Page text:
Around 2,000 health care workers at South Buffalo Mercy Hospital have been on strike since Oct. 1. Now, they have a tentative agreement and picket lines are suspended while the workers vote whether to ratify the contract. The continuing John Deere strike is a reminder that workers sometimes vote down agreements that their union leaders bring them, but the Communications Workers of America hailed the tentative deal as a win, and from the summary the union offered, it looks like one. Not only did the workers beat back efforts to cut their health care benefits and get a significant raise over the course of the contract, but they won safe staffing ratios for the first time, with the new staffing levels to be fully implemented by January 1, 2023. That’s a significant advance for the workers and, of course, it’s also a win for patients who will be guaranteed care from workers who aren’t stretched across too many patients. ● FedEx is fiercely non-union. UPS workers are unionized. Guess which of the delivery companies is having labor shortage problems. Yep, the one that keeps its wages low and turnover...
    Thousands of Kaiser Permanente employees are set to go on strike Nov. 15., planning to walk out over pay and working conditions strained by the coronavirus pandemic.Thousands of nurses and other health care workers at Kaiser in California and Oregon voted overwhelmingly last month to authorize the strike.RELATED: Hundreds of striking Kaiser engineers rally in the streets of OaklandThe workers' union, the United Nurses Assns. of California/Union of Health Care Professionals, or UNAC/UHCP, says the strike will affect more than 360 hospitals and medical centers across Southern California.Kaiser, one of the nation's largest health care providers, has proposed a two-tiered wage and benefits system that would give newer employees lower pay and fewer health protections. The unions want Kaiser to abandon that plan. They also want 4% raises for each of the next three years and a commitment to hire more nurses to relieve staffing shortages. Kaiser has offered 1% a year, with additional lump sums, and says it must reduce labor costs to remain competitive.The regional strike vote comes amid national contract negotiations between Kaiser and the Alliance of...
    Since the pandemic’s beginning, I’ve thought a good deal about some of the jobs I’ve had in my career. When I hear about violence directed against teachers and school board members, I look back to issues I wrote about as a speechwriter for former U.S. Secretary of Education Richard Riley. Though I never remember covering anything like this current violence. When I see how flight attendants are being attacked by passengers, I think of my time as a Northwest Airlines spokesperson. Though I don’t recall having to handle anything the like of which we hear about on a nearly daily basis on planes throughout the country. But given the death and illness this pandemic has delivered, I most often think of the years I spent as a University of Minnesota medical center spokesperson. I was at the center, then as now renowned for its work in organ and bone marrow transplantation, when nearly every transplant done was the subject of some type of news story. When getting rid of Obamacare/the Affordable Care Act becomes a fighting topic, I think of...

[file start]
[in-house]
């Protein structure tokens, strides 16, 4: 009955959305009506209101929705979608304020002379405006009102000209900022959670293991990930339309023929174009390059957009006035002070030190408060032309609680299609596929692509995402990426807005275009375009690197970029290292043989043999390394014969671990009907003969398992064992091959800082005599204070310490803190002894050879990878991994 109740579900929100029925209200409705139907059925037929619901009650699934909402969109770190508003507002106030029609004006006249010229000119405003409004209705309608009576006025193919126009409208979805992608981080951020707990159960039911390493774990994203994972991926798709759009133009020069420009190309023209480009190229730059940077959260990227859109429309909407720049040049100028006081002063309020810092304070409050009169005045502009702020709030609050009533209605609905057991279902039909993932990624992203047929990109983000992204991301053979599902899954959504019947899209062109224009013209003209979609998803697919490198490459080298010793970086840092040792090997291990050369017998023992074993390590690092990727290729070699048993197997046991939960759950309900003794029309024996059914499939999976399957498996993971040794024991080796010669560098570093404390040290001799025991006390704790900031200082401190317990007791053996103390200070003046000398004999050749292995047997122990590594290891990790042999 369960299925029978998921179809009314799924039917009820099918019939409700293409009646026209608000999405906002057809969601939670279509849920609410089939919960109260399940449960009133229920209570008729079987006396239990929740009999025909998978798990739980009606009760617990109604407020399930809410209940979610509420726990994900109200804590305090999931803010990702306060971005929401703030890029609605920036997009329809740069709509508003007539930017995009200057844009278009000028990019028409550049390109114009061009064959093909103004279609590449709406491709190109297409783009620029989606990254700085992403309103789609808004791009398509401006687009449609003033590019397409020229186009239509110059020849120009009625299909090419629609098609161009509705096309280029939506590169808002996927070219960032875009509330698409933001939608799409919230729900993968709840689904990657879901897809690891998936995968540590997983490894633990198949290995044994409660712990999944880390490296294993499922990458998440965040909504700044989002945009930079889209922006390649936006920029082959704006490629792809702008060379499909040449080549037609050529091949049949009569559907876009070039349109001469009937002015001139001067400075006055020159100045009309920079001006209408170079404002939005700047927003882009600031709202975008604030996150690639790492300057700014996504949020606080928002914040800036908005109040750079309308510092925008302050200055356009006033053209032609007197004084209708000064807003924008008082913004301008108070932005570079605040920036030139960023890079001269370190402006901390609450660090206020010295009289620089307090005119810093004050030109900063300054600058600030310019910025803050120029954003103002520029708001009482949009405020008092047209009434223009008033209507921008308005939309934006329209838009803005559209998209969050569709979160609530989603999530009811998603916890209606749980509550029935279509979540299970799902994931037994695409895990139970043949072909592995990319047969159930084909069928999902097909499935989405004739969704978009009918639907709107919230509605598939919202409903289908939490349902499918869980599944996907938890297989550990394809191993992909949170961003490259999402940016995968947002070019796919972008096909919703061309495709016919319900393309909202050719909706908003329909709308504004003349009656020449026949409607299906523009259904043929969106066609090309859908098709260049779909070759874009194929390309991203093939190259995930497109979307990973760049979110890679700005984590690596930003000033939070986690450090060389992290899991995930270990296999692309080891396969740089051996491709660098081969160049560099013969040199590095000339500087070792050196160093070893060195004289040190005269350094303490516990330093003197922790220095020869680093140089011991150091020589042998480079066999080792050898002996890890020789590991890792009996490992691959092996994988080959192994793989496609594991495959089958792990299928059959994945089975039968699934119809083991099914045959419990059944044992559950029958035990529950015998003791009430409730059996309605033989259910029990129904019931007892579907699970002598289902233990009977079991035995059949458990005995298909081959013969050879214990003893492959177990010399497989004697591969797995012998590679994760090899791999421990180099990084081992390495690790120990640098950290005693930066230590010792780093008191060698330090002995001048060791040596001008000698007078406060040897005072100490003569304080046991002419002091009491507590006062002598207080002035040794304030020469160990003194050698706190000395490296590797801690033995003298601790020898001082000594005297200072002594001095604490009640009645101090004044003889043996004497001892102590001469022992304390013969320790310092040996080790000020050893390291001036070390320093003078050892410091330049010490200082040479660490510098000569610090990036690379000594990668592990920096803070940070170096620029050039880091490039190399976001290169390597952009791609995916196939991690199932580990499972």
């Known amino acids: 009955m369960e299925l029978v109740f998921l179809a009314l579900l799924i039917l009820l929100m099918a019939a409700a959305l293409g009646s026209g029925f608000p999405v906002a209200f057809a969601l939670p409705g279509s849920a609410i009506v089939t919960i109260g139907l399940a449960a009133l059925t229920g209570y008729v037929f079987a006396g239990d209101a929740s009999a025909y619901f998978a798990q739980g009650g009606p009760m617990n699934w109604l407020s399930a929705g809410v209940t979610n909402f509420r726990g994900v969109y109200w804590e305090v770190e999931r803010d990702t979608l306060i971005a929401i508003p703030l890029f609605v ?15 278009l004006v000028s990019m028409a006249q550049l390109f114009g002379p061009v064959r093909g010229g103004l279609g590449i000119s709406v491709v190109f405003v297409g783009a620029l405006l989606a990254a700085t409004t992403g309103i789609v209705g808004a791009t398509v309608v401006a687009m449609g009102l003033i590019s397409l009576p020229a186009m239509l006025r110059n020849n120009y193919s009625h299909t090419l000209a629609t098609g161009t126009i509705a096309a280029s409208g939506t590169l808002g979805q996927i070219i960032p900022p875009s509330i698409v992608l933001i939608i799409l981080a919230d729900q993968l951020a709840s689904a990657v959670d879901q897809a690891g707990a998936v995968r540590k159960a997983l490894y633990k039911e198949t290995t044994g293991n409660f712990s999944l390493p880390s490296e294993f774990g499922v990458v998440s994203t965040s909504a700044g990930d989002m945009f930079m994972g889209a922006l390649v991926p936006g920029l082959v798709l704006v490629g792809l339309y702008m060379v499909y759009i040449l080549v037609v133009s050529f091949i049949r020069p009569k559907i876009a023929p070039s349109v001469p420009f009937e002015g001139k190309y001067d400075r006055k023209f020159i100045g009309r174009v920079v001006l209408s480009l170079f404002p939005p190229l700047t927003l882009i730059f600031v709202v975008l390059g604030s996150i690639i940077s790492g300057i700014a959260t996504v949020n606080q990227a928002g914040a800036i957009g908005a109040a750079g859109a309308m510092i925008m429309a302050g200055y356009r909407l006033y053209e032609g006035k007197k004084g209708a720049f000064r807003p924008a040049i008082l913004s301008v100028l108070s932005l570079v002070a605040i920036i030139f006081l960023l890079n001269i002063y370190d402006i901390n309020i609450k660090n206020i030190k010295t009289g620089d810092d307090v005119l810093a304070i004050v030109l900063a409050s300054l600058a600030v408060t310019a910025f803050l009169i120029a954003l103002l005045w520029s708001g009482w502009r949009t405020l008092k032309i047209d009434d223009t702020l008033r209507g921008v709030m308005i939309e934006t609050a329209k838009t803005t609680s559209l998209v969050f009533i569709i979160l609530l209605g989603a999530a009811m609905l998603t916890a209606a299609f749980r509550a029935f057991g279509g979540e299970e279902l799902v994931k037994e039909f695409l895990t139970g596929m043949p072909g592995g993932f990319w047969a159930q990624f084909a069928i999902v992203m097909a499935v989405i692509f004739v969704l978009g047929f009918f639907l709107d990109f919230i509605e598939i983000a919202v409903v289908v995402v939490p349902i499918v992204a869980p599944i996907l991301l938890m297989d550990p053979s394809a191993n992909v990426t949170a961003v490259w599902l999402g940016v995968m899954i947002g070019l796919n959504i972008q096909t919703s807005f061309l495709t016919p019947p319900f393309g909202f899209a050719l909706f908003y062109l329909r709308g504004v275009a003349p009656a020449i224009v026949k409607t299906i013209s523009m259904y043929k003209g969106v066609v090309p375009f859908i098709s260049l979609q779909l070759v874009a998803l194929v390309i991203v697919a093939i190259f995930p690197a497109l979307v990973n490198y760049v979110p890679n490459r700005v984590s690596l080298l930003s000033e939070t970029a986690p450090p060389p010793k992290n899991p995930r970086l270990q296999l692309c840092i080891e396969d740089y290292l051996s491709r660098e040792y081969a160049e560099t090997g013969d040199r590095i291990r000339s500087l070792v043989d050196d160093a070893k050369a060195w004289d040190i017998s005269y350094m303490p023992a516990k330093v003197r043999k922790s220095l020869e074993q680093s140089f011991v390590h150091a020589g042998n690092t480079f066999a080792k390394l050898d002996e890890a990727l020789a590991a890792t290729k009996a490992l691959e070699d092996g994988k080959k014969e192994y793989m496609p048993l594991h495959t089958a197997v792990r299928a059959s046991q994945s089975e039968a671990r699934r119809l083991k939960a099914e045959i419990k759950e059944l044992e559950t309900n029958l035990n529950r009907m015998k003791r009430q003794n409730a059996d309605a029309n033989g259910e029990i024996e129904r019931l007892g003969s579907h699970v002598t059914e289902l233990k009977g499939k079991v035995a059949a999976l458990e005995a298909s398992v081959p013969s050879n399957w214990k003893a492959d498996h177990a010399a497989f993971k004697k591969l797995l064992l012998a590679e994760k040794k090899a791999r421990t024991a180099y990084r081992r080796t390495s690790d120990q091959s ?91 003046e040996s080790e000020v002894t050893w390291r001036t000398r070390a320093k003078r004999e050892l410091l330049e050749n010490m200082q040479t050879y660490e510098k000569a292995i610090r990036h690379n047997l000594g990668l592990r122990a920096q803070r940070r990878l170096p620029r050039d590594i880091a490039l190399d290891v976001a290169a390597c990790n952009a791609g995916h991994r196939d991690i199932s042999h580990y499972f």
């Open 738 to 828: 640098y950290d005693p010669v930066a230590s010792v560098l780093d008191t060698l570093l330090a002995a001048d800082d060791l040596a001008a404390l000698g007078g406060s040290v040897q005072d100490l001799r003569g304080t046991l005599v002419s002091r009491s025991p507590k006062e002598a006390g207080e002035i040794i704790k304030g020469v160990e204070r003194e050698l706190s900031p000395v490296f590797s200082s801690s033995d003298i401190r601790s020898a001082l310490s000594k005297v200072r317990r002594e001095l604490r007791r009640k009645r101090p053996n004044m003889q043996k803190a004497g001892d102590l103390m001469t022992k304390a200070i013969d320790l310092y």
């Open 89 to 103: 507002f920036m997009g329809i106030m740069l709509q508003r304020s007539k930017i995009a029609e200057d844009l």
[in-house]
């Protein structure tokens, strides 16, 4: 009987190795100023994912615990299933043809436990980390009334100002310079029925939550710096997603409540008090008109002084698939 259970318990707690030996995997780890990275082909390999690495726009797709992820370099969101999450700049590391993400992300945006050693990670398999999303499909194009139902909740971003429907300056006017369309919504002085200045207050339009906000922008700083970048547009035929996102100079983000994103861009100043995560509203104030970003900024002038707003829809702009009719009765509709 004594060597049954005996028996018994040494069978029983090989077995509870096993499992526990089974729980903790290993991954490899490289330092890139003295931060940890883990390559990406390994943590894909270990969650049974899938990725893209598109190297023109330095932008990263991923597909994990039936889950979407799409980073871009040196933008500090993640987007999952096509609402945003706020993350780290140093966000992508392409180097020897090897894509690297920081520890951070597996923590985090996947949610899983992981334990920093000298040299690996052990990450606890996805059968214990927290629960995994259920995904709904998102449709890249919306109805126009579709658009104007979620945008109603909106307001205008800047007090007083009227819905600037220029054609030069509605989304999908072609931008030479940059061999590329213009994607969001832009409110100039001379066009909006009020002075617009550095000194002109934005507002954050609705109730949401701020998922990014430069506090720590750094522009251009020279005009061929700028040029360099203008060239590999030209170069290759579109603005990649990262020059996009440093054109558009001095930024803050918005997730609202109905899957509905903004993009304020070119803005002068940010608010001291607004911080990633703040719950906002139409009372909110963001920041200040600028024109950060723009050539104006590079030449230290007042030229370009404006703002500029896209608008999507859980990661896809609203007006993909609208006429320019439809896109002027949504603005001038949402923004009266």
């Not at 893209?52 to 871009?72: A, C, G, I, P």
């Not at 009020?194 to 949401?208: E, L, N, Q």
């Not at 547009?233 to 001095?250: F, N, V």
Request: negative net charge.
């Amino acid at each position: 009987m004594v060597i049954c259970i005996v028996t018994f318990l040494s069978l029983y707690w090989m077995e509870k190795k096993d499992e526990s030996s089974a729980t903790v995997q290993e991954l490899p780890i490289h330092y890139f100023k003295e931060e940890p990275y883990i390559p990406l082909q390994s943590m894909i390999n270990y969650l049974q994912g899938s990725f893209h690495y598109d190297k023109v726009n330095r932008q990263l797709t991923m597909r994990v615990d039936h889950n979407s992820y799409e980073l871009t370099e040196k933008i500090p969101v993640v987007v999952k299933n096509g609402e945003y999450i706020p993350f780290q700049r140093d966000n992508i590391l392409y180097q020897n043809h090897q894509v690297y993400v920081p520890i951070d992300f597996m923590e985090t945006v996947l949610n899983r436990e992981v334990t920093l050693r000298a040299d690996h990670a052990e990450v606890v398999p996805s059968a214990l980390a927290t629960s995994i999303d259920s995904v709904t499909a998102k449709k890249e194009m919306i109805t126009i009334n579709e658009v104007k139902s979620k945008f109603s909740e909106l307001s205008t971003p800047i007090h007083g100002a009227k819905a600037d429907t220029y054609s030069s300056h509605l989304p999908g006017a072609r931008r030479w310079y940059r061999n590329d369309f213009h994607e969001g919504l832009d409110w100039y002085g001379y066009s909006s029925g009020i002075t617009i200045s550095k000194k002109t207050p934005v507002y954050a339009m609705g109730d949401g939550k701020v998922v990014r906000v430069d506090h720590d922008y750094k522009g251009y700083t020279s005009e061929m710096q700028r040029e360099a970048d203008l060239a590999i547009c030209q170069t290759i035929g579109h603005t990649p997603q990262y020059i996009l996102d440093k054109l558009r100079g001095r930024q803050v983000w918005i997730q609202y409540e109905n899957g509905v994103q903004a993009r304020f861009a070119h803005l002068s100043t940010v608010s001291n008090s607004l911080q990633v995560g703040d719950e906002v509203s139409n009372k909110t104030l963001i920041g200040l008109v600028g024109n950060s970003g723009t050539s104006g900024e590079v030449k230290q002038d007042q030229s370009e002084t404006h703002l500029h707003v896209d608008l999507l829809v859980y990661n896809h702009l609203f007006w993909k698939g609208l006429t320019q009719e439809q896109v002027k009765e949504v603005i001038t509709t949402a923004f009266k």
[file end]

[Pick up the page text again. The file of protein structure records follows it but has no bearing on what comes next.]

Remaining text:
Members of the National Union of Healthcare Workers picket the Kaiser Permanente Fontana Medical Center in 2018. James Quigg/AP Fight disinformation. Get a daily recap of the facts that matter. Sign up for the free Mother Jones newsletter.More than 30,000 Kaiser Permanente workers plan to strike on November 15 if contract negotiations with the health network do not improve. Workers are fighting a proposal from Kaiser that would cut pay for future hires by up to 39 percent.  The decision to provide Kaiser with the 10-day notice required by federal labor law is a major escalation in what could soon become one of the largest health care strikes in recent history. It comes after Kaiser workers from unions across the country voted overwhelmingly last month to give union leaders the authority to call a strike. Roughly 20,000 workers are already on strike at major companies like Kellogg’s and John Deere as part of what was dubbed Striketober. The workers who plan to strike on November 15 are members of the the United Nurses Associations of California/Union of Health Care Professionals,...
    TALLAHASSEE (CBSMiami/NSF) — Hours after the Biden administration moved forward with COVID-19 vaccination requirements for tens of millions of workers, Gov. Ron DeSantis said Thursday that Florida will join Georgia, Alabama and private plaintiffs in filing a legal challenge. The lawsuit, which is expected to be filed Friday at the 11th U.S. Circuit Court of Appeals, will challenge a rule issued by the U.S. Department of Labor’s Occupational Safety and Health Administration that will apply to employers with 100 or more workers. The rule will take effect Jan. 4 and require employees to be fully vaccinated against COVID-19 or test negative at least once a week. READ MORE: Pharmacies, Hospitals & Pediatrician Offices All Gearing Up To Offer COVID Vaccines To Kids 5 & UpDeSantis said Florida also will challenge a separate rule issued Thursday by the federal Centers for Medicare & Medicaid Services that will apply to health-care facilities, such as hospitals and nursing homes, that participate in the Medicare and Medicaid programs. Workers in the facilities will have to show they have received at least one dose of...